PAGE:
Samsung, LG accused of dumping washers

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Samsung, LG accused of dumping washers

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Whirlpool filed a petition with the U.S. International Trade Commission on Wednesday against Korea’s Samsung Electronics and LG Electronics, accusing them of selling washing machines at prices lower than fair value. The petition by the American home appliance giant is the latest protectionist move by U.S. companies since Donald J. Trump assumed office as the president.

“This filing addresses unprecedented behavior by two serial violators of U.S. trade laws,” said Jeff M. Fettig, chairman and chief executive officer of Whirlpool Corp. in a statement. The petition, also called a “safeguard,” can be filed by “domestic industries seriously injured or threatened with serious injury by increased imports,” according to the ITC.

Whirlpool claims that Samsung and LG are cheating on the prices of their products by production “hopping.”

The ITC ruled in January that the Korean home appliance companies imported and sold residential washing machines made in China at unfair prices. Whirlpool is accusing the companies of “hopping,” or relocating production sites from China to Vietnam and Thailand to “do another end run around the U.S. trade laws and continue their injurious behavior.”

If the ITC rules in favor of Whirlpool, Korean companies will be slapped with antidumping duty, in which case their products could lose a competitive edge in prices against American washing machines.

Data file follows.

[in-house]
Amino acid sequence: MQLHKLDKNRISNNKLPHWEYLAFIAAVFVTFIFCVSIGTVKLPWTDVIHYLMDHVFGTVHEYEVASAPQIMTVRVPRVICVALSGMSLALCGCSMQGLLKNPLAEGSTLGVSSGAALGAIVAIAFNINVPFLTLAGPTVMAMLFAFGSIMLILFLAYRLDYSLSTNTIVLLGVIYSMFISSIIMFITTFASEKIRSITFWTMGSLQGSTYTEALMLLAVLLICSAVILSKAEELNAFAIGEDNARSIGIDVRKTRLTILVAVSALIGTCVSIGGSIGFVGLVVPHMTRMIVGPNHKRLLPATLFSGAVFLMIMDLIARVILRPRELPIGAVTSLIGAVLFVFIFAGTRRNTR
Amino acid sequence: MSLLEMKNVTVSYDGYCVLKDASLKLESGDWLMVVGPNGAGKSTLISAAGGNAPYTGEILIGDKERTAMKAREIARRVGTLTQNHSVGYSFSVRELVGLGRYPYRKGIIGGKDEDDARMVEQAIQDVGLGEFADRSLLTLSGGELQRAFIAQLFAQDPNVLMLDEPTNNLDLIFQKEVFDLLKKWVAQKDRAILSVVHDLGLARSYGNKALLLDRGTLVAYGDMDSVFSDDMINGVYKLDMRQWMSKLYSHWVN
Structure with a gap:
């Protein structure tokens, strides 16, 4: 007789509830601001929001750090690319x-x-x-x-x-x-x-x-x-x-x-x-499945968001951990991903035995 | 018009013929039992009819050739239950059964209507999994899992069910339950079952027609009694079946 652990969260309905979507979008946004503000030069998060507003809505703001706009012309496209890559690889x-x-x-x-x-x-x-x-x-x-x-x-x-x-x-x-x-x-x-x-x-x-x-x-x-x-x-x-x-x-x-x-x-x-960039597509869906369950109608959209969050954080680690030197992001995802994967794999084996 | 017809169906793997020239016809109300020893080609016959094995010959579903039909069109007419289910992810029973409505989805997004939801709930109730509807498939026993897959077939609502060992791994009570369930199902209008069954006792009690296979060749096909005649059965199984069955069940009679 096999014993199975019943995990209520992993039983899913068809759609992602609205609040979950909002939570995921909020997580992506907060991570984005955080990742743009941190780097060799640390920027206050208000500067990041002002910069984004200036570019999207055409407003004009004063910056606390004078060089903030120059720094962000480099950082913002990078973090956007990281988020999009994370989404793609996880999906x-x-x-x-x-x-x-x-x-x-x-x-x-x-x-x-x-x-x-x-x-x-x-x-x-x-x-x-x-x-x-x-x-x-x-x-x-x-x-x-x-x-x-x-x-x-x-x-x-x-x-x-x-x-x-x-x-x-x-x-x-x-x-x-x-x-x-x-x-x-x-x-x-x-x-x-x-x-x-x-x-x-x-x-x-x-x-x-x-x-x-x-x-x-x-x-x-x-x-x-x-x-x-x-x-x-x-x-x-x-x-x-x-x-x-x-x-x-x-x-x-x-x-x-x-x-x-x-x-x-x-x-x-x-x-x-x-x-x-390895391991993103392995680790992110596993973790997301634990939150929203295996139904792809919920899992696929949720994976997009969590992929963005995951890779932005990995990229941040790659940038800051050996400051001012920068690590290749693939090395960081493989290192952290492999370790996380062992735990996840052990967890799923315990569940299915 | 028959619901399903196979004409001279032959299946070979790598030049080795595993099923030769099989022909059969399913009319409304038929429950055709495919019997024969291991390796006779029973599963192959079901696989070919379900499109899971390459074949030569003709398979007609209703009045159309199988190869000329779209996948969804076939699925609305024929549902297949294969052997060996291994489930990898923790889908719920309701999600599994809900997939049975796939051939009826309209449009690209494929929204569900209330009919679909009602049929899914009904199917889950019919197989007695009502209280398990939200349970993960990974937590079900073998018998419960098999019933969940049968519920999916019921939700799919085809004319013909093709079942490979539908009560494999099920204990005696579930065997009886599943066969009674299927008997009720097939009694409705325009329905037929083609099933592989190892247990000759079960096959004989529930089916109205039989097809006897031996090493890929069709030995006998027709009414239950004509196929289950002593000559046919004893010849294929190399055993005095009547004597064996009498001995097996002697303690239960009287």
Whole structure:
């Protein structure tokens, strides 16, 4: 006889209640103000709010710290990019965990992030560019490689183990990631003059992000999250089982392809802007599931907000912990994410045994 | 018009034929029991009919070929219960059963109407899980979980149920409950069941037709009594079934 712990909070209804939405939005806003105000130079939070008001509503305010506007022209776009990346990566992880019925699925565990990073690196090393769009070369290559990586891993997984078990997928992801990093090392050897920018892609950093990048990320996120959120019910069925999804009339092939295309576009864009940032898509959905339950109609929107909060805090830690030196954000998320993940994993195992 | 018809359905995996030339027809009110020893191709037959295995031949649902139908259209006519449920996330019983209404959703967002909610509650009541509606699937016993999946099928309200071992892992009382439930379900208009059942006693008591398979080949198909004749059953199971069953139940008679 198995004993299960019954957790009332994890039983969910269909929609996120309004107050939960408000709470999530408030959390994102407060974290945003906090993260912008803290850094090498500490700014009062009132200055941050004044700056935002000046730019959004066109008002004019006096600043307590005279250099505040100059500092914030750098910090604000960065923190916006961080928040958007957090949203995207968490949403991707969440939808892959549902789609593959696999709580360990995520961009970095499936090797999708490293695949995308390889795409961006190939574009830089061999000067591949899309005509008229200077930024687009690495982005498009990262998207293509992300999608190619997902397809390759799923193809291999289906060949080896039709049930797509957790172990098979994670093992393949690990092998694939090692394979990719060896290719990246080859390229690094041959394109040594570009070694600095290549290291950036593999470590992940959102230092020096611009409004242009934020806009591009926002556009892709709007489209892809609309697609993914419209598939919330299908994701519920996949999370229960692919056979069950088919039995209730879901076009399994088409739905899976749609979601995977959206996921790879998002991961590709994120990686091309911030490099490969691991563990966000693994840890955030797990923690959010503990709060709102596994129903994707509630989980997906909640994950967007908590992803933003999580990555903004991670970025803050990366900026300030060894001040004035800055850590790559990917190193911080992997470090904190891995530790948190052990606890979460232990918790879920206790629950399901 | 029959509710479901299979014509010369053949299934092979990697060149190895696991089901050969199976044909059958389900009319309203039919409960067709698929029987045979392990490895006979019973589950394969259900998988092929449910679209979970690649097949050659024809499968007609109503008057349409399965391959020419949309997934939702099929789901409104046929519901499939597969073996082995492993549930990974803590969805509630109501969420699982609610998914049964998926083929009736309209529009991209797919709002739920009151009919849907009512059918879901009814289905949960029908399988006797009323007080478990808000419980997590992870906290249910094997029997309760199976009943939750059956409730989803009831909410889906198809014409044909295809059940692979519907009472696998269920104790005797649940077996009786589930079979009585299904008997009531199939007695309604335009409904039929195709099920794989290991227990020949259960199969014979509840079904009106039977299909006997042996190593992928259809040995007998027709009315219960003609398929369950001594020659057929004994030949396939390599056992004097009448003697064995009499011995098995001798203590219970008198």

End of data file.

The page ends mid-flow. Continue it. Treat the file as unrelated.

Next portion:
LG issued a statement immediately following the petition saying Whirlpool is unable to compete against leading global brands such as LG in the United States and decided to seek government restrictions “which would limit consumer choice in the long run.”

Analysis shows that Whirlpool may be retaliating against foreign companies after that brand lost its position as the market leader. (Combined with Maytag, which Whirlpool acquired in 2006, the company still is No. 1.)

According to data by TraQline, a market share analysis service by the U.S. research firm Stevenson Company, Samsung Electronics is now the top seller in the U.S. washing machine market. Its market share rose from 16.2 percent in the first quarter of 2016 to 19.7 percent this year. LG Electronics, third in the market, went from 16.6 percent to 16.8 percent. The size of Whirlpool’s slice of the pie fell from 19.7 percent to 17.3 percent during the same period.

In the entire U.S. home appliance market, Samsung is now No. 1 with a 19.2 percent share while LG is the runner-up with 15.8 percent. Whirlpool is third at 15.7 percent.

The home appliance market isn’t the only battleground between U.S. and foreign companies.

In May, the ITC reportedly began an antidumping investigation over Korean- and Chinese-made solar panels after American solar panel maker Suniva filed a petition. Suniva went bankrupt earlier that month and claimed that cheap panels from Asia put them out of business.

On April 7, the ITC initiated an investigation into Toshiba on possible chip patent infringement. Later in the same month, it started investigating foreign auto companies such as Honda and BMW on possible electric motor patent infringement.

Trump has repeatedly said he will bring jobs back to the United States, especially in manufacturing, and U.S. companies are pressuring the government and the administration to follow through on the pledge.

Suniva has said that America’s share in the global solar panel market fell nearly 10 percent and 4,800 jobs were lost since 2012.

Meanwhile, the new Korean administration has yet to settle which ministry should assume responsibility for trade-related cases: the Ministry of Foreign Affairs or the Ministry of Trade, Industry and Energy.


BY KIM YOO-KYUNG, CHOI HYUNG-JO [choi.hyungjo@joongang.co.kr]
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